by Sean Sweeney
In Atlanta’s recent fourth quarter collapse at Oakland, Josh Smith threw up a potential game-winning three from the right wing with only 5 seconds remaining. It was just his sixth try from that distance all year. And after that miss, which capped an embarrassing road loss against the Warriors, Smith still has yet to make a three pointer this whole season.
Despite that 0-fer mark from the outside, Smith’s developing jump shot is being celebrated this season. His teammates, coaches and others around the League are pleasantly surprised by what they’ve seen. The less he takes, the more his critics want to kiss him.
It’s funny how things work sometimes. Smooth went from being a threat to drop in a three every now and then to someone who won’t even look at the iron from that line. Yet, it’s the best thing that’s happened to his game and to the Hawks.
Smith hit at least 25 three-pointers in his four previous years, including a career-high 38 in the ‘06-07 season. During that season, Atlanta won all of 30 games, finishing last in the Southeast Division. Now, they are looking for well over 50 wins and are reaching for a possible trip to the Eastern Conference Finals, a place the organization hasn’t seen since 1970 when they were still in the Western Division.
Joe Johnson is an All-Star, having made the showcase four consecutive seasons. Jamal Crawford is challenging for the Sixth Man of the Year award and Al Horford is the defensive anchor and a first-time All-Star himself. Yet, the player most in tune with the team’s success is Josh Smith. He provides the big man athleticism that has teams scrambling back on defense. He is the guy who creates turnovers and fast break opportunities with his gambling and big-play ability at the defensive end. If Atlanta is going to challenge for a Finals appearance, Smith must continue to stick to the script.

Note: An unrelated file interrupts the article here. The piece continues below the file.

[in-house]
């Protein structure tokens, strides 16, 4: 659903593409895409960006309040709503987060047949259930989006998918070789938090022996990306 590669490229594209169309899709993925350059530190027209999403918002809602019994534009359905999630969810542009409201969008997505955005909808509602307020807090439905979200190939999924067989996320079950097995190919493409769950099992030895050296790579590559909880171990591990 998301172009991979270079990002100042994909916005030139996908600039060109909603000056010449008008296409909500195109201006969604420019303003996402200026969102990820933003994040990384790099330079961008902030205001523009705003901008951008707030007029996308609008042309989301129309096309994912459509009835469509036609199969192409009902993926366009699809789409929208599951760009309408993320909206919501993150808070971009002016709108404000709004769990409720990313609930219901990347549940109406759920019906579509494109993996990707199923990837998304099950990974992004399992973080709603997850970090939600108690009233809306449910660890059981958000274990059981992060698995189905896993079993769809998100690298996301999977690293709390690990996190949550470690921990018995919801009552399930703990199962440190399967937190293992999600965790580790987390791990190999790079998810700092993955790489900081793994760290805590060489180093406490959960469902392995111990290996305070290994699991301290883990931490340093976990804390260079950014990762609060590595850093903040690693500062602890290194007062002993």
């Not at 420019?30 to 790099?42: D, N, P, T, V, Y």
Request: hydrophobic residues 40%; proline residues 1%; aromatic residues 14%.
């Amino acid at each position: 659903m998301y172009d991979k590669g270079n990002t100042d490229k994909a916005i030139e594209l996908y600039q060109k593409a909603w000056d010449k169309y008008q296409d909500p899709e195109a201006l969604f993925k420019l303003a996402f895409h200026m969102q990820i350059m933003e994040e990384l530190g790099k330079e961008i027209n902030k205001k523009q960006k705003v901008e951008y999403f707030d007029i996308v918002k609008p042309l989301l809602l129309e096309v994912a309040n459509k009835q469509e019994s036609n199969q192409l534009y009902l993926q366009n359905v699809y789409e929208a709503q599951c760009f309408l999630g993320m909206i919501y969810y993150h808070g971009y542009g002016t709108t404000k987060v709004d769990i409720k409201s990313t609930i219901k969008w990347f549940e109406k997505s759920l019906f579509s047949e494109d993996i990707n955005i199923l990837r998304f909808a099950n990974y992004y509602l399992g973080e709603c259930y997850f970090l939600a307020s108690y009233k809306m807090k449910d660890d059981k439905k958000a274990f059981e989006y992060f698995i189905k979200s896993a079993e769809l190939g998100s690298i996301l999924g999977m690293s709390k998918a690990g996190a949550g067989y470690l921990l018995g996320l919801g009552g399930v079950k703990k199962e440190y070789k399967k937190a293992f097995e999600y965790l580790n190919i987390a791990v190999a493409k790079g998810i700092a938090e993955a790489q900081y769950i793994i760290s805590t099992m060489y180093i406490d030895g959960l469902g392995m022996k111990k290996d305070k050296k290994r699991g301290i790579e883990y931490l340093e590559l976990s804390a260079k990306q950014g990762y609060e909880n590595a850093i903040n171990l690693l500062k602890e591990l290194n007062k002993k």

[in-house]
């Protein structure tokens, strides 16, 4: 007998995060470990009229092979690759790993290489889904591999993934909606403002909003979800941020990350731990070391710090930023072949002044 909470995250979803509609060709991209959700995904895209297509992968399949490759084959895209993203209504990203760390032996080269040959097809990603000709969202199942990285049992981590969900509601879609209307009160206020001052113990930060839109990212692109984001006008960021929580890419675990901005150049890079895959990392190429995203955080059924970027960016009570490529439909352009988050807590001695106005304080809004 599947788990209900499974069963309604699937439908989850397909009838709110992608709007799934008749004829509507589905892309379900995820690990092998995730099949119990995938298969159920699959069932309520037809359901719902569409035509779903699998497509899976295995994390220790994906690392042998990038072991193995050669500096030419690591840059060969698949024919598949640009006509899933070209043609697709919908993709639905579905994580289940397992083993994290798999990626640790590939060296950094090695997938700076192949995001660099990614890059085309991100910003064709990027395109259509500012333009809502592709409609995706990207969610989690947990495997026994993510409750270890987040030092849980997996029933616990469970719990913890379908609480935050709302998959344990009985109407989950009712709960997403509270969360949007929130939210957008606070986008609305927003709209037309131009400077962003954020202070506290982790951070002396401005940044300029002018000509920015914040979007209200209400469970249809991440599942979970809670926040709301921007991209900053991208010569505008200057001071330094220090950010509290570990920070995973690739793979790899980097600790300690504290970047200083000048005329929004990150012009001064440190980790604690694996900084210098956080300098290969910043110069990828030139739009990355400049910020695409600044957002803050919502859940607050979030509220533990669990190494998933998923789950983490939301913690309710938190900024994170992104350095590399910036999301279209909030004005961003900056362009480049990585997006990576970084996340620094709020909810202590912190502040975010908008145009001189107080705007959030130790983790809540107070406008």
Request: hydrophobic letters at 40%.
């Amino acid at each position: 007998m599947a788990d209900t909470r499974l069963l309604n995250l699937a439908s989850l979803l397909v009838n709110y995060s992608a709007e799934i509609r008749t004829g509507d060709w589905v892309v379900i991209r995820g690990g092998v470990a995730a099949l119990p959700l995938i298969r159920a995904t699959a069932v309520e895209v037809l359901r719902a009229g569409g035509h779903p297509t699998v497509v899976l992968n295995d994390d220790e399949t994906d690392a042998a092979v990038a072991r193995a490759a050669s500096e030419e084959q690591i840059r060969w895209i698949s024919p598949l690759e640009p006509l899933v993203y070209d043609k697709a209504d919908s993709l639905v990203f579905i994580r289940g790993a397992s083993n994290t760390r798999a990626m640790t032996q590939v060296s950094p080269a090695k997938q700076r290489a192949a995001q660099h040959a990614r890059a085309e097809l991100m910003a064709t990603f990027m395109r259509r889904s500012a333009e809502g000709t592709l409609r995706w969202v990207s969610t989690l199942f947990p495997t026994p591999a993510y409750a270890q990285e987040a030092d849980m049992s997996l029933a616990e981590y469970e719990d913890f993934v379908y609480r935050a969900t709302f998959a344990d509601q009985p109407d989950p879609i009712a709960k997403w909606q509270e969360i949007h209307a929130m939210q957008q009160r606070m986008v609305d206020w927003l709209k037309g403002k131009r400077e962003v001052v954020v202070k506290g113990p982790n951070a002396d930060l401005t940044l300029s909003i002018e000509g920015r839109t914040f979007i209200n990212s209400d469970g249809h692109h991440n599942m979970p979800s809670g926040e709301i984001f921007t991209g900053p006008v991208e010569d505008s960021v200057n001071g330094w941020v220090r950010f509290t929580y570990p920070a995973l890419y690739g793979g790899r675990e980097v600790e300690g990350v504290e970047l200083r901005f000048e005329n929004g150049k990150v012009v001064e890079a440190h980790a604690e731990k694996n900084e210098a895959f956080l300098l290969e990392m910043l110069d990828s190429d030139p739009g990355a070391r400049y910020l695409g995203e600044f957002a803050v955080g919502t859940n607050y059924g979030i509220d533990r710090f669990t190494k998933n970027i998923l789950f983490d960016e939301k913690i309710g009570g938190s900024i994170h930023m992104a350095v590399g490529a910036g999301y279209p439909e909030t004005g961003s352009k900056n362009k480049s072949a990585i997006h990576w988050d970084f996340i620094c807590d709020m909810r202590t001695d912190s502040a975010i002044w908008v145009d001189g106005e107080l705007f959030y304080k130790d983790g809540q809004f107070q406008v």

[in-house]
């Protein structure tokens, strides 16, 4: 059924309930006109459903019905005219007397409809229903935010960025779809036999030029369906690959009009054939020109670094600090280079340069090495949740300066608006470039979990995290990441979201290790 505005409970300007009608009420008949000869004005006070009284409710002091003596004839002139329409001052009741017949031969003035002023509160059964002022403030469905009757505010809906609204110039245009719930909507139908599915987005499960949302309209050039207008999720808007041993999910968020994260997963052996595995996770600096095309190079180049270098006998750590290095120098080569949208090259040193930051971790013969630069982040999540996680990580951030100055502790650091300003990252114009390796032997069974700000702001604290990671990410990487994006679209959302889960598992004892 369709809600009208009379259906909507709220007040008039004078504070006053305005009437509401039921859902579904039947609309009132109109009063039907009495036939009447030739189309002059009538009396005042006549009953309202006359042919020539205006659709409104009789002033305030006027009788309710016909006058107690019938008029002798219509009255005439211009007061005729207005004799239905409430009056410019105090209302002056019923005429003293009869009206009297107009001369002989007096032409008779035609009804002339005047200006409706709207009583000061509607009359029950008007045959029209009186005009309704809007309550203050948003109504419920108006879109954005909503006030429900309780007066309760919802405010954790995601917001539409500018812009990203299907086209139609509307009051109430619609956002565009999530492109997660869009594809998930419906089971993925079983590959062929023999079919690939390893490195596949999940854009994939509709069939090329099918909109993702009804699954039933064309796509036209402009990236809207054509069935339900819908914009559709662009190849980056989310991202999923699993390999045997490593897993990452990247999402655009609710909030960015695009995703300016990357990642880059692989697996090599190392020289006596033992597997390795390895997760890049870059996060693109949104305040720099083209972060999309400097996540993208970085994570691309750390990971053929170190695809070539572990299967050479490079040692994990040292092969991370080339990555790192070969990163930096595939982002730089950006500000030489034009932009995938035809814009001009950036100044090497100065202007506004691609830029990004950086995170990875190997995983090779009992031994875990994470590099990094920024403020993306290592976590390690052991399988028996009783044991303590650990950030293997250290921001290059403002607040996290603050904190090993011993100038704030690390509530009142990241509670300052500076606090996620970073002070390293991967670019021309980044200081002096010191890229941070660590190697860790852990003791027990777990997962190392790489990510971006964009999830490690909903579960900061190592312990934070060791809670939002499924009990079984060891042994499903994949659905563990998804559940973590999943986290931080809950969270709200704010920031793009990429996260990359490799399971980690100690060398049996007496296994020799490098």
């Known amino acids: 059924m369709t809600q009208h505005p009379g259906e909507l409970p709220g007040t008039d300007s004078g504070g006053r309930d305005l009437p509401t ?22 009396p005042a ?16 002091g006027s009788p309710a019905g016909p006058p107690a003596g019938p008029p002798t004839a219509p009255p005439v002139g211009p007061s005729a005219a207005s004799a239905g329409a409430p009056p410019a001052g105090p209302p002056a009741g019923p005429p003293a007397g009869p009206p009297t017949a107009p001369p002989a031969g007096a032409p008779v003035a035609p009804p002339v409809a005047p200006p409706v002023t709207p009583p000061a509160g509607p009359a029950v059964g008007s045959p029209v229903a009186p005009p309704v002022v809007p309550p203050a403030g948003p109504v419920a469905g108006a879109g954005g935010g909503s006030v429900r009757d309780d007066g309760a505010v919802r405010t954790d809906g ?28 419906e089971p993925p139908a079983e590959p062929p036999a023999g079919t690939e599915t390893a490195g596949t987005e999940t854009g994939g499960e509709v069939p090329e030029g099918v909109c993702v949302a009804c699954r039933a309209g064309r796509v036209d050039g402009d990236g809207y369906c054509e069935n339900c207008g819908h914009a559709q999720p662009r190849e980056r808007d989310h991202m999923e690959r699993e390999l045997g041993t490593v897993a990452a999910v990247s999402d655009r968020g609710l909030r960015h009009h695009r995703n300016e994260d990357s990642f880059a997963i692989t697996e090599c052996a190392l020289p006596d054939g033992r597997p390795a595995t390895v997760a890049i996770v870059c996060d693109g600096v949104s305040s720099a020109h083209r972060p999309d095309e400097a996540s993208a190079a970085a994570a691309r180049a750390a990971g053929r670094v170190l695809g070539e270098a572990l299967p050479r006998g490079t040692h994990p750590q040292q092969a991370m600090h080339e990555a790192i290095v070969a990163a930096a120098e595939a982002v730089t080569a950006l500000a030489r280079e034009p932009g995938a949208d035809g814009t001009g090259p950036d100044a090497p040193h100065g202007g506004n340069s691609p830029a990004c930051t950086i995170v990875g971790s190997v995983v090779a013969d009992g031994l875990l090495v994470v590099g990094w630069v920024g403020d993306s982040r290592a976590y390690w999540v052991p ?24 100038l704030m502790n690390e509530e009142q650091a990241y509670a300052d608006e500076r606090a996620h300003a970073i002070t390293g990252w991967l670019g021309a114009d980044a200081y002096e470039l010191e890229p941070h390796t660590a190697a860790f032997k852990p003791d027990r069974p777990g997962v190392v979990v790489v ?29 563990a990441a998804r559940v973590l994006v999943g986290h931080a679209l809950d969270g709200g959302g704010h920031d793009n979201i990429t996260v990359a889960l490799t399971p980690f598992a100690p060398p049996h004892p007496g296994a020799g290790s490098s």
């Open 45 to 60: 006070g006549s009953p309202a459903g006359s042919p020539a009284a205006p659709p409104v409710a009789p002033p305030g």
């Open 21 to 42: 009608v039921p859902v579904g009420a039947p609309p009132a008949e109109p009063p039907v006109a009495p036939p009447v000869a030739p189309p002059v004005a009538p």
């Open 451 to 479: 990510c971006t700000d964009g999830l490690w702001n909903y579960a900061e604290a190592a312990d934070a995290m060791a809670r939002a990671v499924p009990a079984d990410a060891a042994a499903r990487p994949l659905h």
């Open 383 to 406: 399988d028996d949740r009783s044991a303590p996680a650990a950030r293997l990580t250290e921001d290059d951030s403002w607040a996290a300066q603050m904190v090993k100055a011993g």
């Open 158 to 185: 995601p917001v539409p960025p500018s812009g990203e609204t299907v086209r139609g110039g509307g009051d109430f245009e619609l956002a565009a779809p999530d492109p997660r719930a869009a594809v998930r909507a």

Because of his teammate’s success, the 6-9 forward hasn’t garnered much attention outside of his three-pointer resistance. But, Atlanta’s win over Minnesota on Wednesday night showcased just how far he has come: a season-high 27 points on 13 shots, 10 rebounds, 5 assists and 2 blocks. Even though Horford, Crawford and Marvin Williams combined to shoot 5-25, the Hawks still pushed their record to 36-20 with the 98-92 win.
This year, Smith is putting up career-best numbers in shooting (51 percent), rebounding (8.6), assists (4.0) and steals (1.6). He is also turning it over at his lowest rate in four years.
Hawks coach Mike Woodson, after years of frustration with the high school prodigy, is now pointing out signs of maturity in his forward and says he is more proud of Smith than any player he’s ever had.
In high school, Smith was pampered in the same way many talented kids are. Because he was so far advanced athletically, Smith developed a lazy approach that attached a stigma to him. He could’ve been a top 5 pick in 2004. Instead, he lasted until 17 amidst concerns his immaturity would stunt his growth.
And it did for the first five years of his professional career. Touted as a small forward for most of his time at Oak Hill, Smith spent his early years in the League showcasing an inefficient all-around game that did little to lead to wins. It was apparent he was most effective as an undersized power forward, using his athleticism to rotate around the basket for blocks and then push the pace at the other end.
So far this season, Smith is content to play his role. A sign of maturity is composure, and Smith’ s mental approach has finally caught up to his body after years of chasing. That growth culminated in a game earlier this month against Oklahoma City when he became the youngest player in NBA history to block 1,000 shots. With his level of talent, role-playing could eventually lead to All-Star status.
Rashard Lewis. Antawn Jamison. Kevin Garnett. Smith will have to handle himself like an All-Star during this postseason. Atlanta will no longer be happy to win its home games, like it was two years ago against the Celtics in a first round loss. Also, there will be no celebrating a second round visit — that was last year where Cleveland promptly annihilated them.
Back in the day, Smith was always disturbing. He argued with Woodson from seemingly the moment he was introduced as Atlanta’s 2004 first round pick. He miffed his fans with a penchant to loft up ugly 22-footers. And even some of his top plays—dunks over his future teammate Zaza Pachulia and another on Alonzo Mourning’s dome—were just plain ugly.
He is still a nightly visitor to the rim, but he may have finally turned the corner on his career. From lottery-bound to playoff victor. From coach-killer to future All-Star? Jay Bilas isn’t calling him out anymore.